Prevention efforts and harm reduction

The escalating shroom availability indicated by national survey data raises possible public health concerns that worry researchers reflect the complicated legal and social landscape regarding psychedelic substances. Psilocybin is deemed relatively safe when used in controlled, therapeutic settings and has low addiction potential, but the risk of adverse effects in unregulated environments cannot be ignored. Initial research into the negative impacts of psilocybin suggests the potential of psychosis and suicidal ideation, yet these outcomes are relatively rare in occurrence (3).

Because of these risks, the study’s results are “an important part of the bigger picture of where we are headed as a nation,” says Dr. Joshua Siegel of Washington University. “It’s important to understand what’s happening in terms of the health care side of things. It’s important to understand what’s happening recreationally and legally.”

Proponents of psychedelic reform argue that decriminalizing and legalizing substances like psilocybin could result in a safer and more regulated environment for their access, therefore mitigating the risks associated with their unregulated consumption. A regulatory framework governing the use and production of psilocybin could also pave the way for broader therapeutic applications and allow individuals access to psilocybin-assisted therapy within a controlled setting. Nonetheless, the progression toward psychedelic legislation will require a deliberate evaluation of how psilocybin can be assimilated into the healthcare infrastructure to ensure its availability to those who stand to gain from its therapeutic potential while simultaneously instituting measures to deter misuse. As this landscape continues to evolve, it will be important to balance the potential benefits of psilocybin with the need to ensure public safety and well-being.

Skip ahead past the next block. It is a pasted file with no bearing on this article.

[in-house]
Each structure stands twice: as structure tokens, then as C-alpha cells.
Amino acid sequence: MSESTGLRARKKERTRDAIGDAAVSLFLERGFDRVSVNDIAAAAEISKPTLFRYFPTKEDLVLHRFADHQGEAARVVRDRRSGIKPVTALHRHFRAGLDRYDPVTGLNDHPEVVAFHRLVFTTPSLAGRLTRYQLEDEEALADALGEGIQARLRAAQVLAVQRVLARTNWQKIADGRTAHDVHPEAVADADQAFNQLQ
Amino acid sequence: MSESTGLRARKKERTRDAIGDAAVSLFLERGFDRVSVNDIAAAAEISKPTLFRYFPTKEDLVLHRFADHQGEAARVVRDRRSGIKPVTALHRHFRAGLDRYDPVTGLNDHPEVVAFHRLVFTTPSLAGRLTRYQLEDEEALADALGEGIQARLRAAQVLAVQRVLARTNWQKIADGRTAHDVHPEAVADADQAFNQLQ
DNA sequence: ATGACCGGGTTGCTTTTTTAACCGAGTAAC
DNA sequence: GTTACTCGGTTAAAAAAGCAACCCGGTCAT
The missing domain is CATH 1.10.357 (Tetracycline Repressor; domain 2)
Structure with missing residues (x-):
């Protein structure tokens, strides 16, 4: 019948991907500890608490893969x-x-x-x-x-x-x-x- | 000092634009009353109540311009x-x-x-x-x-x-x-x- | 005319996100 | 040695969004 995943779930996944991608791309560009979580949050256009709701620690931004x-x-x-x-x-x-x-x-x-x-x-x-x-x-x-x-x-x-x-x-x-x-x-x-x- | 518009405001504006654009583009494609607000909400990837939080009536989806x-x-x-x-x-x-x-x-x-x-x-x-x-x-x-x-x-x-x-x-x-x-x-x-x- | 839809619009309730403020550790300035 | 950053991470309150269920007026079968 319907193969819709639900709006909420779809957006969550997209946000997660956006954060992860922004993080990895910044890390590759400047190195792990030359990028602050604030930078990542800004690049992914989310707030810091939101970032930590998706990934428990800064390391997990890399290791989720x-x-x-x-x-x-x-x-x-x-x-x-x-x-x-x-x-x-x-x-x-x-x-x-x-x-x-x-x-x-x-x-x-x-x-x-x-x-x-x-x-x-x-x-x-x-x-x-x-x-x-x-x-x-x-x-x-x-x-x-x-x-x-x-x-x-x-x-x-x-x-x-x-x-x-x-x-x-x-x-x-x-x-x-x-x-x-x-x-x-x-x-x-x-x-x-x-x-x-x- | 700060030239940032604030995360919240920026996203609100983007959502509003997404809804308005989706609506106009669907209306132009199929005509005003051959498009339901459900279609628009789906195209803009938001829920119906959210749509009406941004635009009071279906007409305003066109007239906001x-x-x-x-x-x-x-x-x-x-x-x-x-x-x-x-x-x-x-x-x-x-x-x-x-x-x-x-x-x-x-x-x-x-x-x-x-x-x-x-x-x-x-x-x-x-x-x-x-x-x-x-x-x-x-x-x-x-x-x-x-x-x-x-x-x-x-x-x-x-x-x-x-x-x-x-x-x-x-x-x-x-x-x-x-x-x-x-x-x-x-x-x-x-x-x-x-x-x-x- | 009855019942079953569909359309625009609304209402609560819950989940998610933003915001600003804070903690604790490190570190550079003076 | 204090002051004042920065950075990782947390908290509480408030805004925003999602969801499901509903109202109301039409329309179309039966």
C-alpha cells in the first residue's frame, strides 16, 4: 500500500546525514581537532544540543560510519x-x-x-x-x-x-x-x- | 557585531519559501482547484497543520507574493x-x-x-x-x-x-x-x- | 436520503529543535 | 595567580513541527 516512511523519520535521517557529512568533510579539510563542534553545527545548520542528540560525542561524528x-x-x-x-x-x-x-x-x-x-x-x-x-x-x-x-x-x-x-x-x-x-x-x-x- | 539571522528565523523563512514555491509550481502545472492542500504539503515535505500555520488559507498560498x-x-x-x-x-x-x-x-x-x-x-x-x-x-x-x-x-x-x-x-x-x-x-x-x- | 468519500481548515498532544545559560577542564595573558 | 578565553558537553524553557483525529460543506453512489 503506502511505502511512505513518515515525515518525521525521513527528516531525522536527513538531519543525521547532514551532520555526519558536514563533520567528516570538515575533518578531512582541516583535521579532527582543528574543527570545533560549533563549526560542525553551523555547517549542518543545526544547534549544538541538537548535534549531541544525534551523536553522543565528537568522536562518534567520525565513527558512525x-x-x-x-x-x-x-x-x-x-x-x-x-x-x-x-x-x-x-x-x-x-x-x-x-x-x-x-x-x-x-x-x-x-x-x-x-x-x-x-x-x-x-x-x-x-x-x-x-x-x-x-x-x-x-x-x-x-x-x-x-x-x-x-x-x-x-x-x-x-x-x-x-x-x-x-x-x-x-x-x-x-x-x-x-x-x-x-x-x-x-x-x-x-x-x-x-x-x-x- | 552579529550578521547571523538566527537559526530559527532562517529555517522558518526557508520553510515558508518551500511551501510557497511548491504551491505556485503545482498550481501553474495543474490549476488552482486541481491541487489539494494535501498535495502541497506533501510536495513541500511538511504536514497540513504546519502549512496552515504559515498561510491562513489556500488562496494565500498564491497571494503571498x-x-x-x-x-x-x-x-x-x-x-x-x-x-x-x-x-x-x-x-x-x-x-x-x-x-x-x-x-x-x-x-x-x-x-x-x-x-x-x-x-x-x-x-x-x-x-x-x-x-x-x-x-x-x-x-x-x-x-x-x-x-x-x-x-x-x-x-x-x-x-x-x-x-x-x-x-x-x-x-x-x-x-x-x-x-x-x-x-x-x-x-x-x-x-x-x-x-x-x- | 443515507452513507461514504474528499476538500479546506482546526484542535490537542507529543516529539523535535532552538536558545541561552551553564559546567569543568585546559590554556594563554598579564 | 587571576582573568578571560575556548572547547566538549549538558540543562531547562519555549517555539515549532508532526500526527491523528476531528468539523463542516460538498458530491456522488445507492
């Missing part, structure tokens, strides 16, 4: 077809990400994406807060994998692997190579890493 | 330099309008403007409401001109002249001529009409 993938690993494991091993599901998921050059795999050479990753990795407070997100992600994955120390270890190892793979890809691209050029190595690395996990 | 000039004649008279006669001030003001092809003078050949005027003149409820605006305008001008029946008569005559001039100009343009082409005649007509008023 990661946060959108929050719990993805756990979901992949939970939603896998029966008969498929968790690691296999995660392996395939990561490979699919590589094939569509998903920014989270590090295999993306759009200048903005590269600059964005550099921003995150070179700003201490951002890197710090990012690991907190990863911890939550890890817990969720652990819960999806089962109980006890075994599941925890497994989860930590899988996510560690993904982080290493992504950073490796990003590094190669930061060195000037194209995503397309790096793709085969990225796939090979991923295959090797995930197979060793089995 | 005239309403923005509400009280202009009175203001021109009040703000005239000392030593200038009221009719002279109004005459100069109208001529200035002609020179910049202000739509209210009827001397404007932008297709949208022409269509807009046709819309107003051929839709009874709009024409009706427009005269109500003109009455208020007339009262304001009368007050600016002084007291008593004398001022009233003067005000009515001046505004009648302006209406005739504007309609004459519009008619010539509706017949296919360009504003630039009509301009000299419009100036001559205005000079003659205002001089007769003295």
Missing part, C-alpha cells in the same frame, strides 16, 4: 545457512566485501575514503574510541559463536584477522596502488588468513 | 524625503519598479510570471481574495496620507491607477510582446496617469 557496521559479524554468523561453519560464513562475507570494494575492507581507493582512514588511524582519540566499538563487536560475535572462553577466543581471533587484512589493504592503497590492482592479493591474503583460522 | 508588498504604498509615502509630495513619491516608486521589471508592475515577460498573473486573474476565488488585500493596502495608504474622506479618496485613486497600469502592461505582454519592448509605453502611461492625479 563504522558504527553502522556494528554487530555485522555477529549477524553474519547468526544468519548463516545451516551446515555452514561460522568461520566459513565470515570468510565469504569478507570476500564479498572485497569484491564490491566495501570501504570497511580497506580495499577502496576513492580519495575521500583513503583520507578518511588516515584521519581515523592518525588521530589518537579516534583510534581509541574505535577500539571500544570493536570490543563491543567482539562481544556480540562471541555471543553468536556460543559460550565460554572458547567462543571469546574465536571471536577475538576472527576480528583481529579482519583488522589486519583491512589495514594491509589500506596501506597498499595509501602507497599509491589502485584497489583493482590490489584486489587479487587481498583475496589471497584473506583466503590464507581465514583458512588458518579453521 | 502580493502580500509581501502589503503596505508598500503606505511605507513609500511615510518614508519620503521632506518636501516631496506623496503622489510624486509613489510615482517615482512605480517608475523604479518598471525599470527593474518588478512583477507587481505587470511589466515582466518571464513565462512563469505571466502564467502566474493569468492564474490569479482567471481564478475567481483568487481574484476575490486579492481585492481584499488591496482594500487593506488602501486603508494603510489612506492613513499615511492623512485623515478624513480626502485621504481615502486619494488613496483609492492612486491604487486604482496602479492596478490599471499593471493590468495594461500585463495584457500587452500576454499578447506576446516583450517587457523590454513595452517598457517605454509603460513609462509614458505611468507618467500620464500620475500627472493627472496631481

1. Bienemann, Bheatrix, Nina Stamato Ruschel, Maria Luiza Campos, Marco Aurélio Negreiros, and Daniel C. Mograbi. 2020. “Self-Reported Negative Outcomes of Psilocybin Users: A Quantitative Textual Analysis.” Edited by Giuseppe Carrà. PLOS ONE 15 (2): e0229067. https://doi.org/10.1371/journal.pone.0229067.
  2. Palamar, Joseph J., Nicole D. Fitzgerald, Thomas H. Carr, Caroline Rutherford, Katherine M. Keyes, and Linda B. Cottler. 2024. “National and Regional Trends in Seizures of Shrooms (Psilocybin) in the United States, 2017–2022.” Drug and Alcohol Dependence, February, 111086. https://doi.org/10.1016/j.drugalcdep.2024.111086.
  3. Walsh, Claire A., Ofir Livne, Dvora Shmulewitz, Malki Stohl, and Deborah S. Hasin. 2022. “Use of Plant-Based Hallucinogens and Dissociative Agents: U.S. Time Trends, 2002–2019.” Addictive Behaviors Reports 16 (December): 100454. https://doi.org/10.1016/j.abrep.2022.100454.


Seraiah Alexander

Seraiah Alexander

Content Editor

Table Of Contents

Trends in law enforcement seizures
A surge of psychedelic use
Prevention efforts and harm reduction

Related Posts

The DEA Clarifies the Legality of Psychedelic Mushroom Spores
January 22, 2024
2 min

Our TeamAbout Us